I can tell you that  if you want to get the ball rolling, just remove your pants in a public place. Things will definitely start happening after that. In fact, more problems should be solved by pants removal. (I accept no legal responsibility for this advice. Remove your pants in public at your risk.)
Things will happen - such as doctors will admit you to the hospital…it may also have had something to do with something Misiu said involving the words “dam ci w łeb”, but who can be sure?
Does that qualify us for the aggressive patient registry?
At 7:45 a.m. I was walked upstairs to the birthing area. One annoying thing is that they repeat the admittance procedures upstairs – extremely annoying when you are a foreigner and in labor. Anyhow, I told them that I was in labor - in labor-labor not just first contractions-labor and was promptly hooked up to the KTG for the second time. Super.
Slowly and loudly, the mid-wife said, “When you feel the baby move, press this button.”
Me: How about when the baby starts to cry I press this button?
Mid-wife in her smooth “I am talking to a crazy person/flight attendant” voice: Once again, when you feel the baby move, press this button.
After a  minute-
Mid-wife: You don’t seem to understand. When the baby moves, press this button.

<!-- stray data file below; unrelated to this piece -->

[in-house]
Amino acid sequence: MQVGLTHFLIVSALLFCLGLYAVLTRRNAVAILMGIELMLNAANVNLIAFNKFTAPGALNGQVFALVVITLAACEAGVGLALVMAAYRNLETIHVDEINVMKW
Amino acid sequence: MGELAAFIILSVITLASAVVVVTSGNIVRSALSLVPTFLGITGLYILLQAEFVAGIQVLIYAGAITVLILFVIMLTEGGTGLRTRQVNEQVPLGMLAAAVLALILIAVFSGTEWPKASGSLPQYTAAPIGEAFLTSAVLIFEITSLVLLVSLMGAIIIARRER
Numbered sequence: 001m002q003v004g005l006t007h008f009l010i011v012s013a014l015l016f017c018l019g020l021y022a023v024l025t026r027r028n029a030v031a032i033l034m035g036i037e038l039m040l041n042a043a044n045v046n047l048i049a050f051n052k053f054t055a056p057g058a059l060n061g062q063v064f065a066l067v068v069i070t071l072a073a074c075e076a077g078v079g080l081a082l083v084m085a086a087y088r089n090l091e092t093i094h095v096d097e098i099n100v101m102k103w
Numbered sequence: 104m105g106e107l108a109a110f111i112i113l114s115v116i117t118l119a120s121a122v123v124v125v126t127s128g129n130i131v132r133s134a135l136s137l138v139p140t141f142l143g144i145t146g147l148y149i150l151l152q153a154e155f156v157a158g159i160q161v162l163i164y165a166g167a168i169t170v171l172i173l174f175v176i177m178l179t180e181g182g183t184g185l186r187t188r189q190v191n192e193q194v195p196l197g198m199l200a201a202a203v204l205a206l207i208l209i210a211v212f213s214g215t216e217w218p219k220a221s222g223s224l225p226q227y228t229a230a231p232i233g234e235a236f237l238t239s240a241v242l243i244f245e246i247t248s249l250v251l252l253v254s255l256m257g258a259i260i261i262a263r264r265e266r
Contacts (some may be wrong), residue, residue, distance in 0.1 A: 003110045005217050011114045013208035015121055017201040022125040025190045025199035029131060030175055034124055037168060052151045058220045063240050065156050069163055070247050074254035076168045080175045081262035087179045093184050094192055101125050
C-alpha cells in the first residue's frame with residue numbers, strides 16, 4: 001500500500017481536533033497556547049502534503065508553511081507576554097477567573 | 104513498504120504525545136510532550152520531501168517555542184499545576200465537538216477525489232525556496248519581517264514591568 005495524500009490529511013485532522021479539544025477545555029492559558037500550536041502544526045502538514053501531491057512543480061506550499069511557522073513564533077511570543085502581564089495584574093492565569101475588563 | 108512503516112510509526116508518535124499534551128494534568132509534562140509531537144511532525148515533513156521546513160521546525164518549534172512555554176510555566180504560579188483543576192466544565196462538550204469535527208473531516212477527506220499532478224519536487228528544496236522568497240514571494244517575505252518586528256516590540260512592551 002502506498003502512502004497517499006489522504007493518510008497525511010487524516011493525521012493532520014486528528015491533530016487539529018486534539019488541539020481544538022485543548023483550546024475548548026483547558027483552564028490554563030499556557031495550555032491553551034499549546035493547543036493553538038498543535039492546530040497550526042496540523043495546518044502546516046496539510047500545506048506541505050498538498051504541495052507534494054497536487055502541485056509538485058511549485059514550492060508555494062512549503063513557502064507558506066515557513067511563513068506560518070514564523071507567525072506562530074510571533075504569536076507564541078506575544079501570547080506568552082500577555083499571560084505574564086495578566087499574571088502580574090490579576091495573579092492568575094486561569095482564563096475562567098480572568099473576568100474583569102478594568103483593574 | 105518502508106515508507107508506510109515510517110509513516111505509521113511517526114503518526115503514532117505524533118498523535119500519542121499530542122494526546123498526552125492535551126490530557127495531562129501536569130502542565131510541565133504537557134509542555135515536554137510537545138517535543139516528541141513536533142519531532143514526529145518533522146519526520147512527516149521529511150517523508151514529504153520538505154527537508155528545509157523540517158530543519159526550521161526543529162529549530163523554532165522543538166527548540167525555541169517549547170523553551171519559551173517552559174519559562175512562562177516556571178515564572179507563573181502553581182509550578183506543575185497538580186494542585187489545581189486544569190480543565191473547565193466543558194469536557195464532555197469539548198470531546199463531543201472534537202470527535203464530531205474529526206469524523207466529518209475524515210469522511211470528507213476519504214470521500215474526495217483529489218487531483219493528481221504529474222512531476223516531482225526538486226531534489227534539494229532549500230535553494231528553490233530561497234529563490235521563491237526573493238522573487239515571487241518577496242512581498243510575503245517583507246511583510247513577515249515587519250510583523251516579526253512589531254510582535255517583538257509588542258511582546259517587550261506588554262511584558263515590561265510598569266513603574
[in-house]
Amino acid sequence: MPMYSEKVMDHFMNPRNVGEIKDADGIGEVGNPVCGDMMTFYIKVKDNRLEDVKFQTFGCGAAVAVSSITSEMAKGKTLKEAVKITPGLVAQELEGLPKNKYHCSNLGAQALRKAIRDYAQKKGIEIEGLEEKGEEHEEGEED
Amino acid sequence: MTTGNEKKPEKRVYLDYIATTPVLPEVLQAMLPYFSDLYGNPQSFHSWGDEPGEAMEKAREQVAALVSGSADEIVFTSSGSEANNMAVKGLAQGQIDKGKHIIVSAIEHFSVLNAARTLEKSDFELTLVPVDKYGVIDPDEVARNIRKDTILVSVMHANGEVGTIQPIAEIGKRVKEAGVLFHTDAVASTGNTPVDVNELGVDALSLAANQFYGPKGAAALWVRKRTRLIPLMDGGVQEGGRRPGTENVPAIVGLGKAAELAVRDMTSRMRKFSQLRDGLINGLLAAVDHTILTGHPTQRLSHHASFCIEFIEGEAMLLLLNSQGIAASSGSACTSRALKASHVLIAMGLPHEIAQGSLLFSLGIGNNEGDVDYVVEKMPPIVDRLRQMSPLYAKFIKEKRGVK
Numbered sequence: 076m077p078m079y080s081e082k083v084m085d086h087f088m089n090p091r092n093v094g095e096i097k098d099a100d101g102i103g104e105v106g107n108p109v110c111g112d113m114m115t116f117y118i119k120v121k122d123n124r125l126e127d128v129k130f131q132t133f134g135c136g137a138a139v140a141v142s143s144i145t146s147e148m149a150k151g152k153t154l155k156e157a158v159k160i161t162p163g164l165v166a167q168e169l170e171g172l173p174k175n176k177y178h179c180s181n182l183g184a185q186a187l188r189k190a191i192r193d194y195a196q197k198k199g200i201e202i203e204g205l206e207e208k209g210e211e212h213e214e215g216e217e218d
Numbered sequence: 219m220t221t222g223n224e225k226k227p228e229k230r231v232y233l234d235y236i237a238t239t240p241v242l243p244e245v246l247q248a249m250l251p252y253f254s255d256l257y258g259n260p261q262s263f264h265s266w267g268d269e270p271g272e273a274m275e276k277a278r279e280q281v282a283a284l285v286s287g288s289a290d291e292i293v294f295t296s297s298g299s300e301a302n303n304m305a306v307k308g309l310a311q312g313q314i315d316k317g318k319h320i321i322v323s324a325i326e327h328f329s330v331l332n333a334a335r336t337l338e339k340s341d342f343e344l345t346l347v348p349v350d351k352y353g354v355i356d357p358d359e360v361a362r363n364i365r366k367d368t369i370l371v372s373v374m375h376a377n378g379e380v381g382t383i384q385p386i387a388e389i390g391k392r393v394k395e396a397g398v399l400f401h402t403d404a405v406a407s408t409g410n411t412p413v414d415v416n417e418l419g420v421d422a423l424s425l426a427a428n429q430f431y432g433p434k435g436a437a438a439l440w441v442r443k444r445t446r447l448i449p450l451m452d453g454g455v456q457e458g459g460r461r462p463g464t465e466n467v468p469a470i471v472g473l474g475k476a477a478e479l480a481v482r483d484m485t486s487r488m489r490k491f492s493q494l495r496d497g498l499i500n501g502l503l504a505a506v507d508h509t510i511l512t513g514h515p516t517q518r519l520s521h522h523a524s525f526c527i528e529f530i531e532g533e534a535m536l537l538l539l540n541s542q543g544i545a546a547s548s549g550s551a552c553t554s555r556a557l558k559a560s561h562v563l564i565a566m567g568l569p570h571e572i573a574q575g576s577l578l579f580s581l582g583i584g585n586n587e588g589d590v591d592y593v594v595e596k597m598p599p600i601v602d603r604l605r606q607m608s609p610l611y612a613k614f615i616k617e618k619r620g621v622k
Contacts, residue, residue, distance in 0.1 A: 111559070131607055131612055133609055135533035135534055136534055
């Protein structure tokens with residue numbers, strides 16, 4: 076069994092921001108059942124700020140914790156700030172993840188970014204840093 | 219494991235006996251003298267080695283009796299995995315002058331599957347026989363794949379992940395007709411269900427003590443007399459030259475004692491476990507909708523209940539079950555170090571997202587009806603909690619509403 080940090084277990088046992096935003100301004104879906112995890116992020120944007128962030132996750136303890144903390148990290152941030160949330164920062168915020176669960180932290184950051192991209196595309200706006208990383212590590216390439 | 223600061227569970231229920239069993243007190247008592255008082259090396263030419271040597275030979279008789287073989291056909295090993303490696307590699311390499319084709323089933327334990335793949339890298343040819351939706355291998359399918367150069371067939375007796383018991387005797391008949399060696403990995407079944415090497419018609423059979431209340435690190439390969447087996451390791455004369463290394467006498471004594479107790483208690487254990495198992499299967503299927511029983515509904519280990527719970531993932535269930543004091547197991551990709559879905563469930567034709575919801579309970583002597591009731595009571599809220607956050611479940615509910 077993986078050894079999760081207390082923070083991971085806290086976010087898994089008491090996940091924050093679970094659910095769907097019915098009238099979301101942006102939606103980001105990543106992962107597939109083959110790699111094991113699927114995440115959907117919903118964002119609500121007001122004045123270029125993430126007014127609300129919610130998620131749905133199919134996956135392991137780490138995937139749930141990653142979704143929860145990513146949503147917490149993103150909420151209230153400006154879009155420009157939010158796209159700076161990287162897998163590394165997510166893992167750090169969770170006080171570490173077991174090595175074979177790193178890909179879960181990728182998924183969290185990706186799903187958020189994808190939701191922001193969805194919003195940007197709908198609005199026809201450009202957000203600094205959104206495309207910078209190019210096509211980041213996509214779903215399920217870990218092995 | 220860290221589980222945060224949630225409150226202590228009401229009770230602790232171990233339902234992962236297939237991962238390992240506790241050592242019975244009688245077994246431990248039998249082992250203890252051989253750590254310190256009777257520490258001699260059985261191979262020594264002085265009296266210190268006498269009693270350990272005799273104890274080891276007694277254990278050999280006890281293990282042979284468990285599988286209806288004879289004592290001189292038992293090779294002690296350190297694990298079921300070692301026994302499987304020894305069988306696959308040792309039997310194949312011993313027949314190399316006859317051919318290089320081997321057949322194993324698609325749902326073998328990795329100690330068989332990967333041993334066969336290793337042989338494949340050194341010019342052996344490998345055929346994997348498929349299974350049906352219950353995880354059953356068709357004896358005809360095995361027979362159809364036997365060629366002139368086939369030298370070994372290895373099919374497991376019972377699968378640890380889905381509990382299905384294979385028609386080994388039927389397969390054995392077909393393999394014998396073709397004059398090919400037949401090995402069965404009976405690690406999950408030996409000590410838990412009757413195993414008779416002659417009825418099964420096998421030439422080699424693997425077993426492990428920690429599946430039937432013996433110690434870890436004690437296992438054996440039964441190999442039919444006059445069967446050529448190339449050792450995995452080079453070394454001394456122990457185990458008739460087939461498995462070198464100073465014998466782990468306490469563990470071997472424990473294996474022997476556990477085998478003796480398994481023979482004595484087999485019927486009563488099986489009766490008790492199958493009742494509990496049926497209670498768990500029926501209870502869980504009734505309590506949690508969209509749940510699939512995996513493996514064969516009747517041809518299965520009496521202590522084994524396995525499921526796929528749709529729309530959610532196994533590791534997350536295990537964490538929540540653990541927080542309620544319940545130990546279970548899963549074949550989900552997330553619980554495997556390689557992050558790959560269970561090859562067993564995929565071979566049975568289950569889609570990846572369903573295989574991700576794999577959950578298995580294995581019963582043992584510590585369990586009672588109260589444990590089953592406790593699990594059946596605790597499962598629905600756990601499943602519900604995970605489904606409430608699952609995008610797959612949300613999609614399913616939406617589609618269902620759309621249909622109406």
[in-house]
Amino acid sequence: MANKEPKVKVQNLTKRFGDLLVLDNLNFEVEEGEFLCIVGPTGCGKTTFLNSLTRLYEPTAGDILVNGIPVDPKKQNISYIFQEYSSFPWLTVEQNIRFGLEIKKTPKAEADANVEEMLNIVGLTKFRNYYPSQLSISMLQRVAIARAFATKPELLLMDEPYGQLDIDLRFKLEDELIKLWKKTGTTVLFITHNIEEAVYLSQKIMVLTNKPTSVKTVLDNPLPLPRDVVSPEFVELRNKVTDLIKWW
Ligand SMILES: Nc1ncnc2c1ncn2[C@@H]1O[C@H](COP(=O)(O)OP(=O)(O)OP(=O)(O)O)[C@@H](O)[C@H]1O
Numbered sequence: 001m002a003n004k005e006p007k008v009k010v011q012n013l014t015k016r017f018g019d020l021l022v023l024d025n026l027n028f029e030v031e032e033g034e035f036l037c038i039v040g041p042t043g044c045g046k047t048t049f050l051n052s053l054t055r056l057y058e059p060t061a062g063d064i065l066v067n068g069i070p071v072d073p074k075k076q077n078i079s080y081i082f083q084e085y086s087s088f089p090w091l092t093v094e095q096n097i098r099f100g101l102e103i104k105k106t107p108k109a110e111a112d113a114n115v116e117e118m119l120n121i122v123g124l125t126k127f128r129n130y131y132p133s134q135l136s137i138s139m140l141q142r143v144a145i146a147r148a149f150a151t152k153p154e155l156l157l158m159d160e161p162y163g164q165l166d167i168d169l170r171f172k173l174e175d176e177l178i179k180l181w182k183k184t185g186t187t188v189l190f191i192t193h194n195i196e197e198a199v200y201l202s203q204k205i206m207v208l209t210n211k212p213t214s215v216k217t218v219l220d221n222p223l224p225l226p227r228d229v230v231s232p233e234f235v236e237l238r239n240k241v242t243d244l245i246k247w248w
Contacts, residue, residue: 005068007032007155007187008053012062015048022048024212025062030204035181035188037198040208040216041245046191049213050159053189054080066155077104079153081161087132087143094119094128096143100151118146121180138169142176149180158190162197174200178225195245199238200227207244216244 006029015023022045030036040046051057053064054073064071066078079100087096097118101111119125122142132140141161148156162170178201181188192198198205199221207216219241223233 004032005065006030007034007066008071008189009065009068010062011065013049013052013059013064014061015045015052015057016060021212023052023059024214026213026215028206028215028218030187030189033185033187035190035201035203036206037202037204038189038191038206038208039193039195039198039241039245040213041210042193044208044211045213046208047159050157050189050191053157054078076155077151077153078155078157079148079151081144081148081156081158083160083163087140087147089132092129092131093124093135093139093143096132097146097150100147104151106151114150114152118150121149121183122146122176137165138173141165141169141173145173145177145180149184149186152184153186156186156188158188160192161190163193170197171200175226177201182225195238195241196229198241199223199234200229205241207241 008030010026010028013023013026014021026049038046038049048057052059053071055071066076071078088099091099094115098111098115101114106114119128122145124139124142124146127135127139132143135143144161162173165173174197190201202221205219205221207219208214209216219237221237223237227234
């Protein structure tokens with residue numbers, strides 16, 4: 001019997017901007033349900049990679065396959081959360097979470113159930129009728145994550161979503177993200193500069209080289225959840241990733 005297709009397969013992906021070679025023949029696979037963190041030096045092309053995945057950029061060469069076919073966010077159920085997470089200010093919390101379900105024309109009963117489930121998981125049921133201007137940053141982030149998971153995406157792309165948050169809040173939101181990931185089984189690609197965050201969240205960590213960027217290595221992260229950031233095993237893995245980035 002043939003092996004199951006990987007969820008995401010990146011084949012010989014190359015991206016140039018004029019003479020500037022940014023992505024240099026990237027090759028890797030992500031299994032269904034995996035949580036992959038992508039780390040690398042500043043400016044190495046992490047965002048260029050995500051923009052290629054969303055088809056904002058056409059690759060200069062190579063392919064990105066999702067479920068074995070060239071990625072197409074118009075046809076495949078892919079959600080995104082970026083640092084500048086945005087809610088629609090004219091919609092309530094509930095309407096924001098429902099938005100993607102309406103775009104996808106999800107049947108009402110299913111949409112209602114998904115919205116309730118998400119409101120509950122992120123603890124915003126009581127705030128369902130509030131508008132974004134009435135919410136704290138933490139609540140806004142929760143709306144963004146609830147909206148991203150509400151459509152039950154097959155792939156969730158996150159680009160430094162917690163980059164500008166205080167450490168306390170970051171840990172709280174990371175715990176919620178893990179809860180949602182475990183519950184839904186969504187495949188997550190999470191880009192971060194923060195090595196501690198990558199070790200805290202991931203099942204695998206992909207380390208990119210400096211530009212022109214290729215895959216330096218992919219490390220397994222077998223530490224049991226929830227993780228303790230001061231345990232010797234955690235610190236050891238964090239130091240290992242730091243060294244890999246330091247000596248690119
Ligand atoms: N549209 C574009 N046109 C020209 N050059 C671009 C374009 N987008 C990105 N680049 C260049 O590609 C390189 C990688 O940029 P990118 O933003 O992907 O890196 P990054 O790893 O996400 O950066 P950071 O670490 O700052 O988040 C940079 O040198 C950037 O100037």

Me: I understand very well. The baby is not moving because the baby is coming OUT.
The mid-wife took her first peek under the sheet and shouted “Oh my, let’s get you to the birthing room”.
It was 7:50 a.m.
Across the hall to the birthing room we went where Misiu was waiting for us.
There was some water breaking. I learned a new word “kucaj” and that kucanie is a great birth position. I learned that drugs are expensive and there are not enough for the mid-wife and for me ;) I got a vitamin B shot. My strength gave out during kucanie and the mid-wife helped me onto the birthing table for the grand finale and said that I was very zgrabna for a pregnant lady (compliment no 1). No cutting was necessary – but in a crucial moment  the mid-wife looked up at me from between my legs. I expectantly awaited her instructions when she said,(compliment no 2)…
“You know what? You have a really nice smile. Please tell me that you don’t use just plain old toothpaste. Now push.”
And just like that Rosie was born which I was able to see reflected in the light fixture on the ceiling. Misiu cut the umbilical cord. There were some tears. All was well.
It was 8:00 a.m.
4 years ago.